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Well, here we are. It’s April 1st, and once again time to celebrate National Poetry Month. I haven’t really been writing much poetry lately, so I thought it might be fun to do a collaborative Twitter poem challenge.
For this challenge, I am going to give you a one-word prompt/Twitter handle. Next, you come up with a poem – either one short poem that will fit into one 140-character Tweet, or a longer poem that you can split up, posting one verse per Tweet – and share it on Twitter using the provided hashtag. I am starting the challenge here today, and then I would love it if some of you would volunteer to host one or a few additional prompts on your blogs throughout the month of April. (more…)
I came across this on tumblr this morning and had to share.
“The Rape Poem to End all Rape Poems” by the Rutgers University slam team:
I saw this video of Lily Myers reading her poem, “Shrinking Women” on UpWorthy and had to share. I have watched it like eight times and cried every time. She totally exposes the truth about what it is to be a woman in our society.
It seems to me that, while some women shrink to make room for the men in their lives, others unknowing expand in order to be seen, to prove their existence. (more…)
A few semesters ago, I took a poetry writing course. I don’t really consider myself a poet, but I like to dabble from time to time. I wanted to take a course that would challenge me to think about my writing in a different way, and this poetry course definitely fit the bill.
At first, I had a hard time writing poems on demand. Then I started reading poetry on a regular basis, and the ideas began to flow. I started jotting stuff down as it came to me, and I ended up with a stock of poems to choose from whenever the time came to turn one in for a grade. (more…)
What is a poem? Some may think a poem has to rhyme. (I disagree.) Others believe the syllables must be counted, or that a poem must be stuffed full of alliterative language. But what about free verse? What makes a block of words, a sentence chopped up onto several lines, a poem, rather than a mere chopped-up sentence or a paragraph scattered over several lines?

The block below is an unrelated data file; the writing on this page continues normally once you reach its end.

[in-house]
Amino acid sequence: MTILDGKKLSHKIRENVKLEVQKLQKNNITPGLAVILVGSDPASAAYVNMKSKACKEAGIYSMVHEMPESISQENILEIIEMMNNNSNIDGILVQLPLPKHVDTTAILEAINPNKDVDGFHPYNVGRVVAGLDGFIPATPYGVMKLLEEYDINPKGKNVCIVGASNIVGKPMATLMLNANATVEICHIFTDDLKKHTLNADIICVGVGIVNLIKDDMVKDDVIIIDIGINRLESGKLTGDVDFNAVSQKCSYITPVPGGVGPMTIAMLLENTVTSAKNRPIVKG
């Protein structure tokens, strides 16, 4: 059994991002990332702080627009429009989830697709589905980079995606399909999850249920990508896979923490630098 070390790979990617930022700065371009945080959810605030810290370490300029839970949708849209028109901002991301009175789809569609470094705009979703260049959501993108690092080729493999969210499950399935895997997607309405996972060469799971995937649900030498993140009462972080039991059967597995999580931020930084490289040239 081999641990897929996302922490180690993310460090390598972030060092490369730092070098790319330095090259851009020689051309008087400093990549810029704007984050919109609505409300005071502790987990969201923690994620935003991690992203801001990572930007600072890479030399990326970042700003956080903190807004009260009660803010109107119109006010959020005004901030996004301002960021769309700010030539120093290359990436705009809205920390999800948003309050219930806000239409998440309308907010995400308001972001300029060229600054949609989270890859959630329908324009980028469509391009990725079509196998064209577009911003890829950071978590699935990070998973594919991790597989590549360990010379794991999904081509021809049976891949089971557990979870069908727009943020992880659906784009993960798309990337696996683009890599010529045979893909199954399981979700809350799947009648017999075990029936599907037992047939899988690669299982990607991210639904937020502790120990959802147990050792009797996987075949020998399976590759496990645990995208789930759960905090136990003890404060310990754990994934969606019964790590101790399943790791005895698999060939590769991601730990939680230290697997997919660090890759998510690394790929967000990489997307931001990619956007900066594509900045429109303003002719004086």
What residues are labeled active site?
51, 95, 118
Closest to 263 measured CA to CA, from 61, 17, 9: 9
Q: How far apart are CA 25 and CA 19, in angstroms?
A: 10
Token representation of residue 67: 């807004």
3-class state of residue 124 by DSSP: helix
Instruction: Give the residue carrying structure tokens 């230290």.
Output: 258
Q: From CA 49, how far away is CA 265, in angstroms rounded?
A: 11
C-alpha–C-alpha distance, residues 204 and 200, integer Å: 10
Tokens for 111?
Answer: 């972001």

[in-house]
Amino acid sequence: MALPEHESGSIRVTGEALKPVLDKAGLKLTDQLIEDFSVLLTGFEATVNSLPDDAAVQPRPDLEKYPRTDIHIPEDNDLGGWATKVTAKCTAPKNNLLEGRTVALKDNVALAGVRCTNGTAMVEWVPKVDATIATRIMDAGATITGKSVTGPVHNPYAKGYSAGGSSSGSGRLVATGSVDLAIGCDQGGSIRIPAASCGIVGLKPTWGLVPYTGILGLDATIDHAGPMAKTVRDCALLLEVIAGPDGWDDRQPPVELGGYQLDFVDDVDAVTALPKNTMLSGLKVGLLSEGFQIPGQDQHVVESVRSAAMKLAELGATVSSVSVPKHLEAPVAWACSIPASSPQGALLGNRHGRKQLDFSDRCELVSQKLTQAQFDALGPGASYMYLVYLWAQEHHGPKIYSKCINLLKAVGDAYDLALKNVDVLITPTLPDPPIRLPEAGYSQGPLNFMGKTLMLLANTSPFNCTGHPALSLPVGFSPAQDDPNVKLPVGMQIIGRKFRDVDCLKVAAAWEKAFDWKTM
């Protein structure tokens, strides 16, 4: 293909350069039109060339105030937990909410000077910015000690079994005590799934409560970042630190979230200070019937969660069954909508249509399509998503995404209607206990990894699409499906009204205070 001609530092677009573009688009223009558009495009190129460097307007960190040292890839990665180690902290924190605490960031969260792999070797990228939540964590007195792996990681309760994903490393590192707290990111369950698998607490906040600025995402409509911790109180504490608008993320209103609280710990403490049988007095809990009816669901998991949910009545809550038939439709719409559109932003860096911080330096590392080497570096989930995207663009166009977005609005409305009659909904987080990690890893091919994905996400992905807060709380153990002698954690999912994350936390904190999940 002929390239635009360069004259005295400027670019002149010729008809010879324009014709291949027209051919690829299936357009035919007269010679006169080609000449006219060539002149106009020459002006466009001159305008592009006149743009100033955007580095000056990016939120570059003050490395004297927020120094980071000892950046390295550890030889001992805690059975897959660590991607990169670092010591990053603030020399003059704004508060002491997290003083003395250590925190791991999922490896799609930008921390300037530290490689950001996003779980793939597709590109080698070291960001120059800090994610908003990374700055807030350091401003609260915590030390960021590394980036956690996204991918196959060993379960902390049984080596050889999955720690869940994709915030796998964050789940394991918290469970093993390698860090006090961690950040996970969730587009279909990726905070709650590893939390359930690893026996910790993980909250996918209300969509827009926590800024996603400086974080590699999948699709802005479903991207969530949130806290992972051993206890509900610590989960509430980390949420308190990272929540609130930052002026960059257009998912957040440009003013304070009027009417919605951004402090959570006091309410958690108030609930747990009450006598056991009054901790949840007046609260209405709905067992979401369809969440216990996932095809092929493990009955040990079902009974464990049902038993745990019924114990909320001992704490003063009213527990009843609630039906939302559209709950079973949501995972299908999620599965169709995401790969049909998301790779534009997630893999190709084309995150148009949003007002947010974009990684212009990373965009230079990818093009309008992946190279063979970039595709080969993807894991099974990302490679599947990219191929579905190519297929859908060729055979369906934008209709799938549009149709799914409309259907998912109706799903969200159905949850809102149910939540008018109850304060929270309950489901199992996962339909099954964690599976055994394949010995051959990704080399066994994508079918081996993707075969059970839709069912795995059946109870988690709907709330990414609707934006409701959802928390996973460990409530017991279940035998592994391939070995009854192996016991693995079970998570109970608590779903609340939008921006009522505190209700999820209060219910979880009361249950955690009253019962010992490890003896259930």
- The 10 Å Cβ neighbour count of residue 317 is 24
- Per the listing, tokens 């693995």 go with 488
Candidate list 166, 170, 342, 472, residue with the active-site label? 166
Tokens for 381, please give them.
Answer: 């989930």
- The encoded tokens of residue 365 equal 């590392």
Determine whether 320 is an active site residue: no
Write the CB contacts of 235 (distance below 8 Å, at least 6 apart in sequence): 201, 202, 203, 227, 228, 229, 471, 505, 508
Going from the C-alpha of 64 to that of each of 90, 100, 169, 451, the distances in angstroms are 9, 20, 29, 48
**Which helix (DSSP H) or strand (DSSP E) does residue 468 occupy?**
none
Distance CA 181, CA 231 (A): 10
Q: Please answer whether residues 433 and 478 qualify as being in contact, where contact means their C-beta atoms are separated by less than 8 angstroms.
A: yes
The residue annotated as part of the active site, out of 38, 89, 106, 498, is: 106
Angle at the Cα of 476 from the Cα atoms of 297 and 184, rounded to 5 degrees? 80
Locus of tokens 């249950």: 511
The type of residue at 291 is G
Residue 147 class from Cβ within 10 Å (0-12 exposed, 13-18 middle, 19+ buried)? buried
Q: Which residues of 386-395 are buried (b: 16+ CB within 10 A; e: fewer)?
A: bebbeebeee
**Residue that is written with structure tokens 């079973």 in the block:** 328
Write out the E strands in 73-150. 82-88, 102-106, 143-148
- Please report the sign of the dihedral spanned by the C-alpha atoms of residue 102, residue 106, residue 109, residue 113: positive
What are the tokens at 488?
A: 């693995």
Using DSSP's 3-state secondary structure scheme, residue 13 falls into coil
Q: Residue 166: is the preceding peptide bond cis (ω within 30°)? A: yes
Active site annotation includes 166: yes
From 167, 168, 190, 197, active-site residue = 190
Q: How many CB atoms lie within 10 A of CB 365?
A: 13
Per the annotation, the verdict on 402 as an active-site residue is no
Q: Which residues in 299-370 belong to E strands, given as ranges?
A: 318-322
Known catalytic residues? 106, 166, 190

To me, writing a poem is about capturing a moment. It could be a feeling, a natural occurrence, or a quick glimpse into the life of one person. Most of my poetry describes just one, very small moment. These moments might last only a few seconds, or as long as several minutes. Rarely does the poem capture more than a very short block of time. (more…)
It’s funny how I write a lot of poetry when I’ve been reading a lot of poetry. I don’t really read much of it at all, unless I have to for school. But this month, several of the blogs I follow have been posting poems as part of the Poem-a-Day Challenge. So, here I am, popping out poems when I should be working on my novel. But I guess I could use the distraction. Who knows, maybe my prose will be the better for it.
Here’s my latest:
Love Long Distance
ever noticed (more…)
April is National Poetry Month. So, I thought I would attempt to scratch out at least one new poem this month as my contribution. With that said, today I am sharing an original poem inspired by spring:
First Day Budding
A blush of white on trees
on the way
Not when it’s raining
as though every tree
is about to burst forth
with cherry blossoms.
the whole world
will be green.
By Amanda L. Webster (more…)
When we were kids,
we were made of rubber.
We just bounced when we hit the floor.
The harder we hit,
the higher we bounced.
We fall down now,
and we just break.
By Mandy Webster (more…)
It’s been some time since I’ve posted for Poetry Friday, but inspiration struck a moment ago, so I decided to pounce. Is it too soon to hope I’ve finally recovered from my bout with writer’s block?
Today’s poem is inspired by my kitten, Zelda, who is turning out to have quite the personality:
My cat thinks I’m her prey.
She stalks me through the house,
Crouching on the stairs
Or behind a curtain,
Just waiting for me to pass
So she can pounce.
~By Amanda L. Webster (more…)